Welcome back to another installment of The Archive of An Intern, I hope yesterday evening was pleasant for you and I thank you for joining me again. A new box and challenges awaited me today as well as a schedule shake up that will affect the entries in this blog, if not my fall semester. It could not have started off with the pleasant reminder of the importance of a physical archive.
As I checked in today, Ms. Rubin handed me two printed articles. One was from The Guardian titled “Digital Domesday Book lasts 15 years not 1000” by Robin McKie and Vanessa Thorpe. The article describes how the multi-media project involving the digital version of the Domesday Book was facing a crisis that many digital archives face. As the passage of time goes by and technological advances causes older modes to become obsolete, the trouble of making sure digital artifacts are accessible seems to be an ongoing predicament and that transferring said data would take just as long as the initial digitization. The article also mentions how the United States and its government agencies were in a constant struggle with this and casualties have occurred. I would have liked to cite this in Chicago Style, but the programming by WordPress does not allow me to put footnotes. The best I can do give the link to the article: https://www.theguardian.com/uk/2002/mar/03/research.elearning
There was a second article I was given by the UChicago News titled “Papers of laureate Saul Bellow open for research at UChicago Library” by Andrew Bauld. It details how Saul Bellow’s writings were now available for researchers after the University of Chicago Library’s Special Collections Research Center archivists had finished processing all the materials. Here is the article: https://news.uchicago.edu/article/2017/03/21/papers-nobel-laureate-saul-bellow-open-research-uchicago-library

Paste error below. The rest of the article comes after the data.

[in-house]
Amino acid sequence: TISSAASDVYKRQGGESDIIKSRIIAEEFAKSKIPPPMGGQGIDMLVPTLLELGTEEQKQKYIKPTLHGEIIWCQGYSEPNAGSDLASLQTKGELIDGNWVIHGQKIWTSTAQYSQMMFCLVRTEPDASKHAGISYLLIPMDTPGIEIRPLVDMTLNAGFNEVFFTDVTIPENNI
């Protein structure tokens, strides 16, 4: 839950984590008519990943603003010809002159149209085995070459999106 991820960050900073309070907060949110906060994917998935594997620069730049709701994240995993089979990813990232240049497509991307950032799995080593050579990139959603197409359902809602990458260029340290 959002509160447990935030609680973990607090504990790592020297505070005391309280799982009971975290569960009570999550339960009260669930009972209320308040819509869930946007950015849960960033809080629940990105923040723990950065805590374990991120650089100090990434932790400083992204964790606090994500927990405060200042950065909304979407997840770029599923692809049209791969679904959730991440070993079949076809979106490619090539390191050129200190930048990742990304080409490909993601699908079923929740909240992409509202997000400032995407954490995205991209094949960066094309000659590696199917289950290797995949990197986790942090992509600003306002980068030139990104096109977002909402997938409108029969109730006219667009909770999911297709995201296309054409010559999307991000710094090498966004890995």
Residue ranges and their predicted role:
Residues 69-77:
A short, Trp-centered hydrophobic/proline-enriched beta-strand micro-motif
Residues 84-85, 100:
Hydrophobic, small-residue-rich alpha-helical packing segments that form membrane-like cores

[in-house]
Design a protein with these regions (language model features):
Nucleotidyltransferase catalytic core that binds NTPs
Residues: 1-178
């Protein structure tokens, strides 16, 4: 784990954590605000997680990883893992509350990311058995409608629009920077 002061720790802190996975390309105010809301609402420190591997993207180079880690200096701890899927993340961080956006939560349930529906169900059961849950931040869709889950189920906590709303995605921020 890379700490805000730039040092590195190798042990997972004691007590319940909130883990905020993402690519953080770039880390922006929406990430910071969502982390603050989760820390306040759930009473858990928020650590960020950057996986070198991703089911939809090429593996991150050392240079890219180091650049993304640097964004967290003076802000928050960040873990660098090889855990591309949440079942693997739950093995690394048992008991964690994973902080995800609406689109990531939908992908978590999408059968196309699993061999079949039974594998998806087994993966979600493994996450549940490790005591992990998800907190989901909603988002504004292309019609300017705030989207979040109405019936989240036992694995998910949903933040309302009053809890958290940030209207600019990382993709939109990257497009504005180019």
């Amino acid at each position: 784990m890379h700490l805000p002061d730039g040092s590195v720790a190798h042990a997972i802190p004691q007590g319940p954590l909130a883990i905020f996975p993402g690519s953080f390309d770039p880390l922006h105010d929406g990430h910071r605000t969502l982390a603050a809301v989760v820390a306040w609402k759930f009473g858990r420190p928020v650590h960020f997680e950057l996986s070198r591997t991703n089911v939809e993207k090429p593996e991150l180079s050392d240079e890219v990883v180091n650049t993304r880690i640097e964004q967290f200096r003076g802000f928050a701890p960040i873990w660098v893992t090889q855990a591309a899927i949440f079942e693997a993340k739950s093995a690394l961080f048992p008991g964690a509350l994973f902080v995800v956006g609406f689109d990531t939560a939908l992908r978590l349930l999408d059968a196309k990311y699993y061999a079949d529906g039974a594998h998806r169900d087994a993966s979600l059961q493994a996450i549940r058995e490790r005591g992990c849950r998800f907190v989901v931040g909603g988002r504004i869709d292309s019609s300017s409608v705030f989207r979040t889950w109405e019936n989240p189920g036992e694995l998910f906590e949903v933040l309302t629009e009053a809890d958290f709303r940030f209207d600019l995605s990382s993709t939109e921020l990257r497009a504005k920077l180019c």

It was nice little reminder of the importance of what an archivist does and they do not usually get to choose what needs to be processed. So, I may not get to do a collection I want, but the work needs to be done or it sits in a backlog waiting to be processed. Lesson taken. Somehow, this tied in to my work today.
I had finished processing the photographs yesterday, but I took a peek on what I was going to work on today. While there were photographs, they were already sleeved. The were some posters there, too, and I am positive I am going to learn how to process them at some point, but the main focus of today was newspapers. More specifically, newspaper clippings. There were newspapers in a bag that no doubt I will take on soon, but Ms. Rubin told me the policy in regards to clippings was different.
For clippings, it was best to scan and copy them to be stored in the collection instead. The first order of business was to sort out the clippings. I did my best to keep articles that spanned multiple pages together as I sorted them and made note of frayed clippings. After sorting them, I was taught how to use the printer. I had to use a card similar to UCF’s ID cards that had a fixed amount of money on it. The charge for using the printer was ten cents per copy. I must have spent a dollar and twenty cents because I kept not getting the alignment right. I felt bad about that, but Ms. Rubin assured me it was not a problem. I will take her word for now.
I tried keeping multiple strips of the same article together on the same copy, but sometimes one of the article pieces were too big for paper and I was forced to make two pages. I also tried to make sure to have a copy of some the clippings that were in the worst condition. While I was working on that, Ms. Rubin informed that I did very well on my Library of Congress Classification Test. I was very pleased to hear this. At the end of the day, I still had clipping to make copies of, but I had some questions that no doubt Ms. Rubin would help me with next week.
Before the end of the Ms. Rubin discussed with me on what my schedule would look like next week, if not the foreseeable future. We agreed that I will be working from 9:00 AM to 2:00 PM on Mondays, Tuesdays, and Fridays so that I will be able to log in fifteen hours. So, that does affect how this blog will operate as well. From now on, expect post those days in addition to the “week in review” post. That wraps up on today’s events, but if you have missed any previous posts, please feel to look back on them or I have an abridged “week in review” post that will made shortly after this one. Until next time, stay safe and have a great day!